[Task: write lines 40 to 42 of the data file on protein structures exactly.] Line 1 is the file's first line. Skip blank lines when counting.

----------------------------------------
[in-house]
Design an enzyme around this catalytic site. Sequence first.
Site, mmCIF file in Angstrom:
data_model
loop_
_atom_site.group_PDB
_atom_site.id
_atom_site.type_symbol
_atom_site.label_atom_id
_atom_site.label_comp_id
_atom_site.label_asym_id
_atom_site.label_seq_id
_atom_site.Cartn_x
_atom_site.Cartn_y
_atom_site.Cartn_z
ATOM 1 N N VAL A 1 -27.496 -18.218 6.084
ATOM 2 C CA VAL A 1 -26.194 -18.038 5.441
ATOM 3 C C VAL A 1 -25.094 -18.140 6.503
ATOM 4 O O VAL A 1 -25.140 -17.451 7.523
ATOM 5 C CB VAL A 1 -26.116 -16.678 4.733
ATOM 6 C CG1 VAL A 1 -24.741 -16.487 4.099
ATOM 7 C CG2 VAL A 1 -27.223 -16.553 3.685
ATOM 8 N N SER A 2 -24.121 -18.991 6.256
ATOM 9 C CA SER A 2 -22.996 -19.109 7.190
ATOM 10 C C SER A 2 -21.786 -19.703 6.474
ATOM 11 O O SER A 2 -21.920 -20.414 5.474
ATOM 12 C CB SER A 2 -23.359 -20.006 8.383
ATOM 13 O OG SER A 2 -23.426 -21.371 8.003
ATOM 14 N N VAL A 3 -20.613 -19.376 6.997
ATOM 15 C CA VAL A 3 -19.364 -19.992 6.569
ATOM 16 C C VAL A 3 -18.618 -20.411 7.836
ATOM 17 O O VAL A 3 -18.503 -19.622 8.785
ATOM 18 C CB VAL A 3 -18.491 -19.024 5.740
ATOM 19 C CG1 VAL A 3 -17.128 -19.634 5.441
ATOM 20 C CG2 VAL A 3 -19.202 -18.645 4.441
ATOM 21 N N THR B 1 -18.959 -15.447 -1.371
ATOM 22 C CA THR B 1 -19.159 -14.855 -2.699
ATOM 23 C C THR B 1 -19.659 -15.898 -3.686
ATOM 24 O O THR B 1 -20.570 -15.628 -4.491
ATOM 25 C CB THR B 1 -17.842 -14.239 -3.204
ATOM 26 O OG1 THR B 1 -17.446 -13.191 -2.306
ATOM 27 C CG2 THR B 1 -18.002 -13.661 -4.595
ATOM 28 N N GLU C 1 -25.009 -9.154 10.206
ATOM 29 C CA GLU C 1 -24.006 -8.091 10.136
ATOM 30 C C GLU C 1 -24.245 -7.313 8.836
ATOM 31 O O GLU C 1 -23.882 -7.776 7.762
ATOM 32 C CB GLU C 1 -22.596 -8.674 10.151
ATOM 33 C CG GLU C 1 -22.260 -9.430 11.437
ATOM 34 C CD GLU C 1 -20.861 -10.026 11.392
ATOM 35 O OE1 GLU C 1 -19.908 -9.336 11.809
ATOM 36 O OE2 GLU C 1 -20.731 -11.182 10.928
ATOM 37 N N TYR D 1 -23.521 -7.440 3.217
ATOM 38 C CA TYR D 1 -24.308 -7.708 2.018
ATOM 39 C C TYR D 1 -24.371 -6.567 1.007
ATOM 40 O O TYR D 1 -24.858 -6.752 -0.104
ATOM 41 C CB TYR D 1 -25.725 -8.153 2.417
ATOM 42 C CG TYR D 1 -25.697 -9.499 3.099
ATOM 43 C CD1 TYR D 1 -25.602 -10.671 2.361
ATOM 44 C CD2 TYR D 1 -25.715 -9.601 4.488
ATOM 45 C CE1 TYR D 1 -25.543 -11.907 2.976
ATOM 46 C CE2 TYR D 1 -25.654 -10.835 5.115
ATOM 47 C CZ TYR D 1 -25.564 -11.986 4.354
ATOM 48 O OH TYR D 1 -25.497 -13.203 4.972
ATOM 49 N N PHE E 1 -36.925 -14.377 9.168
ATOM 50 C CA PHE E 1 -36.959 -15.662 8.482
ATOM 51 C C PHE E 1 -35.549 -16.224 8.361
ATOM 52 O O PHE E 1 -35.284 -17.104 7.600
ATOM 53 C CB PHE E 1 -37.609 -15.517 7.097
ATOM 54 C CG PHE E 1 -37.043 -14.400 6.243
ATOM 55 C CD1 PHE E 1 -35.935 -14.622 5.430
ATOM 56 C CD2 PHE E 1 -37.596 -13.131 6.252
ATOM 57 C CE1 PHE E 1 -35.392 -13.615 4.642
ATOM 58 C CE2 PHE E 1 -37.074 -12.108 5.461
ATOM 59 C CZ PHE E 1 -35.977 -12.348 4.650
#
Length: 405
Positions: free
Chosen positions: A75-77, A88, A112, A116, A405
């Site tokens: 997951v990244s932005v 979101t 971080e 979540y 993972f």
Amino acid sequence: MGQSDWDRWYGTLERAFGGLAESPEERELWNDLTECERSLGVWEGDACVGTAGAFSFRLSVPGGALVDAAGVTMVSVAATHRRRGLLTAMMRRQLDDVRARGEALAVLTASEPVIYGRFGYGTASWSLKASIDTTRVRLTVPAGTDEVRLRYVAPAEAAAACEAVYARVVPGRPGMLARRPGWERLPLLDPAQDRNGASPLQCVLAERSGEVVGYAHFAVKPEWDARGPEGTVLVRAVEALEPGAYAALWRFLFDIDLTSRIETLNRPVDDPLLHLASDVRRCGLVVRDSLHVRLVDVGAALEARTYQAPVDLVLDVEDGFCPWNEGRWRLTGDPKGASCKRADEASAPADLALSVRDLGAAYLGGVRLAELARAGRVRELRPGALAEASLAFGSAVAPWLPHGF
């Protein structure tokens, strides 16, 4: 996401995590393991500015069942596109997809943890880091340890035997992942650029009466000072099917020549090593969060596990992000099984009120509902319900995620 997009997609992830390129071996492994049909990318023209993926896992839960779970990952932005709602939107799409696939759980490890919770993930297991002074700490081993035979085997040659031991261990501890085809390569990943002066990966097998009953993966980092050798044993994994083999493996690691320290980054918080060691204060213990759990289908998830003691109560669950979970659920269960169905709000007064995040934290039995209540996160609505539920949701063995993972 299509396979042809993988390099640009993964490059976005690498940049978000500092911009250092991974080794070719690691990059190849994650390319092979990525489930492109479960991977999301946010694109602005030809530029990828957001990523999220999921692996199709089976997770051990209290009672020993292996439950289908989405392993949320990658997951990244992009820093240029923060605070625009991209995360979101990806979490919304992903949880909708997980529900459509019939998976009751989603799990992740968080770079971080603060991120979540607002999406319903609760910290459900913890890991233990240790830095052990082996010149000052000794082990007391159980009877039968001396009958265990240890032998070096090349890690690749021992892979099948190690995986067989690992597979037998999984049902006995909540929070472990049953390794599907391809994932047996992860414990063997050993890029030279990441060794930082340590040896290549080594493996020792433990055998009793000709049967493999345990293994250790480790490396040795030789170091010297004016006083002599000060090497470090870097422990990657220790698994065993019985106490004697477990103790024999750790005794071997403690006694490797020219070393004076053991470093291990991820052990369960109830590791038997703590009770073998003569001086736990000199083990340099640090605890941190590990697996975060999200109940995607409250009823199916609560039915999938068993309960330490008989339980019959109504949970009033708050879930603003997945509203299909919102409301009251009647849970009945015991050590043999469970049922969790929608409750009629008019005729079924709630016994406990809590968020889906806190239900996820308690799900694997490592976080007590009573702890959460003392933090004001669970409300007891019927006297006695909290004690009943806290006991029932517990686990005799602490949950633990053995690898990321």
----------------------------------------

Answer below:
ATOM 25 C CB THR B 1 -17.842 -14.239 -3.204
ATOM 26 O OG1 THR B 1 -17.446 -13.191 -2.306
ATOM 27 C CG2 THR B 1 -18.002 -13.661 -4.595